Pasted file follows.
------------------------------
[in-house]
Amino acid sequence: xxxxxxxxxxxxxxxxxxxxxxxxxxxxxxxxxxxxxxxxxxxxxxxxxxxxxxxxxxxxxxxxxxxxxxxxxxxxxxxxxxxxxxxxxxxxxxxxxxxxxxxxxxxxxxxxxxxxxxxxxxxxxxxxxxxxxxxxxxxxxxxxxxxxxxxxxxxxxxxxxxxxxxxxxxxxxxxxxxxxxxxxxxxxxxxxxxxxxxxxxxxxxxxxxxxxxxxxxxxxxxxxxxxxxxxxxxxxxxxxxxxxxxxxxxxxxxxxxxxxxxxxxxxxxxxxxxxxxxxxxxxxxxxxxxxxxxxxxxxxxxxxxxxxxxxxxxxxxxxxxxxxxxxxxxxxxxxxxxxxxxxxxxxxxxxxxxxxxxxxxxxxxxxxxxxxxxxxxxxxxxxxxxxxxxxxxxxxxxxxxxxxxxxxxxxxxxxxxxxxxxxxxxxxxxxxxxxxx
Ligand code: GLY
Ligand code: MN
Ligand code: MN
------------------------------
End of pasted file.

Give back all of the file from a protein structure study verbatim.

[in-house]
Amino acid sequence: xxxxxxxxxxxxxxxxxxxxxxxxxxxxxxxxxxxxxxxxxxxxxxxxxxxxxxxxxxxxxxxxxxxxxxxxxxxxxxxxxxxxxxxxxxxxxxxxxxxxxxxxxxxxxxxxxxxxxxxxxxxxxxxxxxxxxxxxxxxxxxxxxxxxxxxxxxxxxxxxxxxxxxxxxxxxxxxxxxxxxxxxxxxxxxxxxxxxxxxxxxxxxxxxxxxxxxxxxxxxxxxxxxxxxxxxxxxxxxxxxxxxxxxxxxxxxxxxxxxxxxxxxxxxxxxxxxxxxxxxxxxxxxxxxxxxxxxxxxxxxxxxxxxxxxxxxxxxxxxxxxxxxxxxxxxxxxxxxxxxxxxxxxxxxxxxxxxxxxxxxxxxxxxxxxxxxxxxxxxxxxxxxxxxxxxxxxxxxxxxxxxxxxxxxxxxxxxxxxxxxxxxxxxxxxxxxxxxx
Ligand code: GLY
Ligand code: MN
Ligand code: MN